I’m really comfortable  with my Google Reader and aren’t fussed about opening the notebook at the same time. Download Squad have just posted about a combined feed reader and blog client in one called YeahReader. Here’s how they describe how it works;

“In addition to the usual feed reader tools that let you mark items as read or unread, you can also click a “blog this” button to copy feed items into the blog client. “

They also point out this very valid point which is why I think bloggers should proceed with caution;

“Just be careful to use this power for good and not evil. In other words, if you’re going to say, write about an article you found on Download Squad, please don’t copy the whole article and pass it off as your own work. That’s what we like to call copyright infringement.”

They’re absolutely right – their article is worth a read – I’d encourage you to follow the link.

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25 learning tools you should know about!

Jane Hart writes a really handy little blog called Jane’s E learning Pick of the day that delivers little gems on a daily basis. I always learn something new when I go there. A few days ago she wrote a post called, 25 Tools every Learning Professional should have in their Toolbox – and all for FREE! which is due to be published in elearning age magazine in April.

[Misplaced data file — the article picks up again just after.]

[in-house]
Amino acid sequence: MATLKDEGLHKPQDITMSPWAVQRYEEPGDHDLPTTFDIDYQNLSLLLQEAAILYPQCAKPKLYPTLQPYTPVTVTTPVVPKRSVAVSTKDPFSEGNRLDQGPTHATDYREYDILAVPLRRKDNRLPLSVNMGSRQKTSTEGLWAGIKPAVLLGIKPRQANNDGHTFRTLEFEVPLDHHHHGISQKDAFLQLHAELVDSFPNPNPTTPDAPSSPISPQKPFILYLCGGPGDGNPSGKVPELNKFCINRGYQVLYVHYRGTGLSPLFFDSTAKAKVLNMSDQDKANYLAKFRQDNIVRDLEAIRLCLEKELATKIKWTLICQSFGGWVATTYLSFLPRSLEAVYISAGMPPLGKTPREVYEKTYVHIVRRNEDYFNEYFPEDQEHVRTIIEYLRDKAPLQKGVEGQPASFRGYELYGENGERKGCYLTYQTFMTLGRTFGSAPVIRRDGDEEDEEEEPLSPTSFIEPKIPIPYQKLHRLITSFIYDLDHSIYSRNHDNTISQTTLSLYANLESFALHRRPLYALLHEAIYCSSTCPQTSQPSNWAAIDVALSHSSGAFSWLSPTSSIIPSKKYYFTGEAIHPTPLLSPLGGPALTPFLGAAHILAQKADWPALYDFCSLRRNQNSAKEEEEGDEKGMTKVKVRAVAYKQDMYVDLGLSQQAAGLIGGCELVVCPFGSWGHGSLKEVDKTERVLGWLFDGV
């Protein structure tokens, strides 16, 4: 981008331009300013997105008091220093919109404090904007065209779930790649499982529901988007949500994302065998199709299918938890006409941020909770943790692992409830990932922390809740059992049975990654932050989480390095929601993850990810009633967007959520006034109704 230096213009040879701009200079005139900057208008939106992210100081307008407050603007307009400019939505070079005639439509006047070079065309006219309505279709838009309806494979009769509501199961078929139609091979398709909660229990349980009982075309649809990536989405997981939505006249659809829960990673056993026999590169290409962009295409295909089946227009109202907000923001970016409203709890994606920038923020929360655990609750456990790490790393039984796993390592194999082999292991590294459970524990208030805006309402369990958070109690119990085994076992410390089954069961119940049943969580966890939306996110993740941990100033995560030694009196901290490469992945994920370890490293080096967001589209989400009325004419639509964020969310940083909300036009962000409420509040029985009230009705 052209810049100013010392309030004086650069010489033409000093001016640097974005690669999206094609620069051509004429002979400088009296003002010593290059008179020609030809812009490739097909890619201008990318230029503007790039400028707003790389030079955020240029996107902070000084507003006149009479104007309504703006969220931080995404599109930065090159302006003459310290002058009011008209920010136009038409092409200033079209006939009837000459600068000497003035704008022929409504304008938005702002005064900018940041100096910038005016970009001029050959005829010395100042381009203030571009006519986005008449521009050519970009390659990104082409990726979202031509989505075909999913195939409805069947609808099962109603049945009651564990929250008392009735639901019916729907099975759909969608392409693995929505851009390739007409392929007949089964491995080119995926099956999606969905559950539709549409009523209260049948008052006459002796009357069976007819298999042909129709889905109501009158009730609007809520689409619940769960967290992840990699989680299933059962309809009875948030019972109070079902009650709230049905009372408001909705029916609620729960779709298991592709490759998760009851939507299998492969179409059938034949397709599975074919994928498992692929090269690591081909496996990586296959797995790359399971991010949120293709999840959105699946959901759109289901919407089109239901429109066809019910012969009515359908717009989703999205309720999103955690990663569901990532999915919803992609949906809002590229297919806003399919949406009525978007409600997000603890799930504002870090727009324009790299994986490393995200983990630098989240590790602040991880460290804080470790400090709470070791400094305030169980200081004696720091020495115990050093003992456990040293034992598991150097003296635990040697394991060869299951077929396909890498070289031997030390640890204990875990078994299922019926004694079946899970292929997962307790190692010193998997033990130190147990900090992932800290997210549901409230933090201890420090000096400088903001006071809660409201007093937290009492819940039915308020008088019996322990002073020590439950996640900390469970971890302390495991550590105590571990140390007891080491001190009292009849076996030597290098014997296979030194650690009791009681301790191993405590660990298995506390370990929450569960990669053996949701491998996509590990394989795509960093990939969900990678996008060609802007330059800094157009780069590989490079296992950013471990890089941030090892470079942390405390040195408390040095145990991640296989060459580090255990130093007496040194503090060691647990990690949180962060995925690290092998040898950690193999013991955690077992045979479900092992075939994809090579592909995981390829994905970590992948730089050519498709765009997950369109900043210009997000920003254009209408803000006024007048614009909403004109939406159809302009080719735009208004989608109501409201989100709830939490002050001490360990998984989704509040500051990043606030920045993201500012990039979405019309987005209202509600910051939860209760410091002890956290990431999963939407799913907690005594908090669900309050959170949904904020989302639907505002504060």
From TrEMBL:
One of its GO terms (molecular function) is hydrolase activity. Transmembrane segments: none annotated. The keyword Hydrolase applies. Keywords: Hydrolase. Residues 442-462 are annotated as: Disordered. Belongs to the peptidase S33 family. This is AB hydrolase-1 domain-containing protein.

It ‘s a great article with links to many tools I have discovered over the last six months or so. I’d highly recommend using it if you want to direct your colleagues to tools that are going to assist them with their teaching. They may be just the tools they need to move them into greater use of technology to support learning. I intend to use this article as the basis for some staff PD over the next term and explore such varied delights as Jing, del.icio.us, Google Docs, Slideshare, Flickr, Voicethread and whatever else may appear in this rapidly changing world!